The CRA’s CERB (Canada Emergency Relief Benefit) program has ended, and in its place will be an updated form of EI (Employment Insurance), among other options available to vulnerable Canadians who’ve seen their employment affected by the horrific COVID-19 pandemic.
While the transition from the CERB to EI is said to be a smooth one, I’d imagine that many affected Canadians are experiencing a severe bout of financial anxiety at this juncture. With a second wave of COVID-19 cases that threatens to cause a “double-dip” recession and another unemployment spike, there’s no question that Canadians need greater security given the constant changes and updates made to relief benefits like the CRA’s CERB or EI.
A TFSA portfolio can help you get the monthly income you need as CRA’s CERB ends
If you hold dividend- or distribution-paying investments in your TFSA (Tax-Free Savings Account), you could be dealt with another financial hit, as payout reductions could become normalized, as a second wave could wreak further havoc on the balance sheets of firms within vulnerable industries. Unfortunately, many Canadians may be overexposed to the sectors that have been feeling the most significant impact from COVID-19, as the TSX Index is overweight in the energy and financials, two of the hardest-hit areas of the economy right now.
It’s never too late to de-risk your portfolio as this crisis worsens, however. Billionaire investor Warren Buffett also took a big hit from this crisis, but he chose to de-risk after the hit, rather than waiting around and just hoping for the pandemic to end. The fact of the matter is nobody knows when this pandemic will end or how long the “new normal” will weigh down the economy. If you’ve lost your job because you work within a hard-hit industry, it may be a wise idea to hedge your exposure to COVID-hit areas of the market to better mitigate risks brought forth by COVID-19.
Beyond the CRA’s CERB: Starting your own passive-income stream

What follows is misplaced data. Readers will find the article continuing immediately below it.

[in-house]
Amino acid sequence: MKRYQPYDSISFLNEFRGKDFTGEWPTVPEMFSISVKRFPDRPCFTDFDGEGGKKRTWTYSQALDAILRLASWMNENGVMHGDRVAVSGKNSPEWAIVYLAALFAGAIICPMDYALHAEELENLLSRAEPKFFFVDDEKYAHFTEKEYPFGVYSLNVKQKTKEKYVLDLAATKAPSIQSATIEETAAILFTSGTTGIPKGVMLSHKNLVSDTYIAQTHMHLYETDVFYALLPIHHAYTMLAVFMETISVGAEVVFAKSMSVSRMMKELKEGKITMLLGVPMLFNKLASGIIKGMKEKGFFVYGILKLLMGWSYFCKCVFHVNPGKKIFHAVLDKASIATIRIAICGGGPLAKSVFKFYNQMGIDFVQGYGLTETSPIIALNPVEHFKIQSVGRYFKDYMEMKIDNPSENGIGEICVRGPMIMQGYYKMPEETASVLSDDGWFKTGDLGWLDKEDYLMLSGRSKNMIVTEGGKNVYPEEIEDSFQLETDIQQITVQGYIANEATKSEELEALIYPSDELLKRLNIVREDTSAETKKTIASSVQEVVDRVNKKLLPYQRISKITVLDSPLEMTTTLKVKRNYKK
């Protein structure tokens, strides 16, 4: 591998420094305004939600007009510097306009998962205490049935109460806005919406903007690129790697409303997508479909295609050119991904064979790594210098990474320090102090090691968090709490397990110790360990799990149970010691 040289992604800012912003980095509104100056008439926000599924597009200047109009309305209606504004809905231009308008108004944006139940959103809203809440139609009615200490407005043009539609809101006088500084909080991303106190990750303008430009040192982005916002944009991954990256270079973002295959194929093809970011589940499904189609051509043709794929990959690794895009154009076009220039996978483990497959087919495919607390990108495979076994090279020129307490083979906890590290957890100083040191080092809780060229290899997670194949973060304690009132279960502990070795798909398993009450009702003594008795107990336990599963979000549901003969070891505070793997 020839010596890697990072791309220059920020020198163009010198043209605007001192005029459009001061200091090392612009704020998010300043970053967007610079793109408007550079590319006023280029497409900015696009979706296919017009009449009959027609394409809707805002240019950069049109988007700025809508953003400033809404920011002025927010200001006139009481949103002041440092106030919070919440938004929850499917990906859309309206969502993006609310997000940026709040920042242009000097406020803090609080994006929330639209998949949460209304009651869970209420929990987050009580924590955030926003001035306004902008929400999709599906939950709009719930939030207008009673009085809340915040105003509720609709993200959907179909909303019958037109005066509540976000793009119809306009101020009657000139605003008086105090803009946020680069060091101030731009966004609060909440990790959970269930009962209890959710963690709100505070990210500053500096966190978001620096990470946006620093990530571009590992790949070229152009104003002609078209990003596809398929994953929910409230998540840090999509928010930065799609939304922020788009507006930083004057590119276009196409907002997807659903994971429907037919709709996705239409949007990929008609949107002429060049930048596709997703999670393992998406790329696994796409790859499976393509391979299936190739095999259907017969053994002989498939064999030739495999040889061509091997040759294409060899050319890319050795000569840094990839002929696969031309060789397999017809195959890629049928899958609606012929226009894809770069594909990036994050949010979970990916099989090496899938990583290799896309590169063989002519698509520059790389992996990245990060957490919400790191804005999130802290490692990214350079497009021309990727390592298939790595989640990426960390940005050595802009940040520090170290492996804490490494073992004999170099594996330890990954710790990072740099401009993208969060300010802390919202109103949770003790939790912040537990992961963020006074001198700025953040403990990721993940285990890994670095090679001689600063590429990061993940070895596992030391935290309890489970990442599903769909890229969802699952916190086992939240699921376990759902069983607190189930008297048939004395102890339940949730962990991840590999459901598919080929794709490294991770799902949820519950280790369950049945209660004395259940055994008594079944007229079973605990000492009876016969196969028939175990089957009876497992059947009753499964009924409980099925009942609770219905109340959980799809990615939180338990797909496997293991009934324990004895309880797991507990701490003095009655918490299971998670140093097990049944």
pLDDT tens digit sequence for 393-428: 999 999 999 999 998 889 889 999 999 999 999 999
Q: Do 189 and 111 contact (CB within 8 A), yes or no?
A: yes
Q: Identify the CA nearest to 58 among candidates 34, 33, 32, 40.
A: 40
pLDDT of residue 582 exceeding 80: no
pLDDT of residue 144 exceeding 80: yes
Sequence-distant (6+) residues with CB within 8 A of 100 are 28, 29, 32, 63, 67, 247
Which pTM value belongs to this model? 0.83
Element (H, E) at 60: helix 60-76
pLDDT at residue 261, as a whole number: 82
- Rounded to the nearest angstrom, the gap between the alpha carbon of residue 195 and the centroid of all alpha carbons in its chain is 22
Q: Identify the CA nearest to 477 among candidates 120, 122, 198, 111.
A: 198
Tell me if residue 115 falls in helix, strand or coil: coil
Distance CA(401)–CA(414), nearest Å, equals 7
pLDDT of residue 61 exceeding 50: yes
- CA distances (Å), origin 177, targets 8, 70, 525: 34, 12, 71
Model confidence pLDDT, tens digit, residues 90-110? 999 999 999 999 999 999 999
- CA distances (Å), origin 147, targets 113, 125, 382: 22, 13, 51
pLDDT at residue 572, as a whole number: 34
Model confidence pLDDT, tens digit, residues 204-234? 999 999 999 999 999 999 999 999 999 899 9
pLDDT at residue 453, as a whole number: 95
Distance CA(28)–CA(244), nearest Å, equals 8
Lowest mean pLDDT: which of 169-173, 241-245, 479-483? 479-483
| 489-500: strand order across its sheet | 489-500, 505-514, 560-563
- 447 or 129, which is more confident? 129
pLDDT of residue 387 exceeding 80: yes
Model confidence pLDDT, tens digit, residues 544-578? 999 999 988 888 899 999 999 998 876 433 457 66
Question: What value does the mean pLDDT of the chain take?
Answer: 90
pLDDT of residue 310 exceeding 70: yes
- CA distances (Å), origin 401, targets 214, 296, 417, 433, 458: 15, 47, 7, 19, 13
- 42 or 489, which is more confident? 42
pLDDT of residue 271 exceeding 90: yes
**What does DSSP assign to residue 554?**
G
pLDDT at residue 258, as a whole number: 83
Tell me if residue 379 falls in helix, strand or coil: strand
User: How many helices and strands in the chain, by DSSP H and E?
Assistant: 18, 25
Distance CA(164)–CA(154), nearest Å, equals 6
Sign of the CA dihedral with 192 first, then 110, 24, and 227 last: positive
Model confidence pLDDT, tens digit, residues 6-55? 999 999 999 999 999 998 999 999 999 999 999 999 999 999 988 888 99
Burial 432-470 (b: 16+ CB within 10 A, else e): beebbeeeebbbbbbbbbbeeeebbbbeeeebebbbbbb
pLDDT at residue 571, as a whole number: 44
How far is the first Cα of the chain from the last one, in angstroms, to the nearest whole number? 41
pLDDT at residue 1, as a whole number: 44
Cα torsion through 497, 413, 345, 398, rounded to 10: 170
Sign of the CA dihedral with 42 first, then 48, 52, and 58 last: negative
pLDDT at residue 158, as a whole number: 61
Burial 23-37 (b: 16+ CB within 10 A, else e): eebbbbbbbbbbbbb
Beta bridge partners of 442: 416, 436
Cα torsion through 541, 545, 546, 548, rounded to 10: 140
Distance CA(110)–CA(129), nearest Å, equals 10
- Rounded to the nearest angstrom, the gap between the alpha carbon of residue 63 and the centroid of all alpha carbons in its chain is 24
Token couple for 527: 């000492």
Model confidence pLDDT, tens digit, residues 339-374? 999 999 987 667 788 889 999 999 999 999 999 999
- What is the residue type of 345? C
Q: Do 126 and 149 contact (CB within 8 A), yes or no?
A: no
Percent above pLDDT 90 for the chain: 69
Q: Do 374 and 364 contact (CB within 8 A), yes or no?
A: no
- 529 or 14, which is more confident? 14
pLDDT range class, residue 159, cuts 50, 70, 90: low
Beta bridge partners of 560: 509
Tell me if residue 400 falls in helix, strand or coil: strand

If you’re facing financial hardship through this crisis, feel no shame in swapping your high-growth zero-dividend payers, cash, or unrewarding fixed-income securities for higher-yielding securities that can boost your passive income and ease your financial anxiety through this stressful time.
With a robust passive-income stream, preferably in using your TFSA to remove the effects of dividend (or distribution) taxation, you’ll have greater peace of mind, even if the CRA’s CERB-to-EI transition ends up being a tad bumpier than expected.
A one-stop-shop solution for previous CRA CERB users
After the February-March coronavirus sell-off, there are plenty of bargains out there with yields that are at the higher end of historical ranges. You could go on the hunt for the babies that have been thrown out with the bathwater, or you could opt for a one-stop-shop solution such as the BMO High Dividend Covered Call ETF (TSX:ZWC), which sports one of the safest +8% yields you’re likely to come across on the TSX Index. The ETF marries long positions in high-yielding blue chips with an option-writing strategy to stretch the yield as far and as safely as possible.
The covered call strategy trades off potential upside for premium income upfront. The trade-off may not be worthwhile over the long run, especially for young investors, given the market tends to go up over prolonged periods and the fact that the ETF has a hefty management expense ratio of 0.72%, which will come out of your pocket.
In times of crisis, when you need greater income and don’t want to run the risk of eating into your TFSA principal before retirement, the ZWC is a terrific option, with its 8.7% yield. Once you regain your employment and things are back to normal, you can ditch the ZWC for “growthier” securities and be right back to where you were before COVID-19 sent the world into one of the worst socio-economic crises in history.
This article represents the opinion of the writer, who may disagree with the “official” recommendation position of a Motley Fool premium service or advisor. We’re Motley! Questioning an investing thesis — even one of our own — helps us all think critically about investing and make decisions that help us become smarter, happier, and richer, so we sometimes publish articles that may not be in line with recommendations, rankings or other content.
Fool contributor Joey Frenette has no position in any of the stocks mentioned.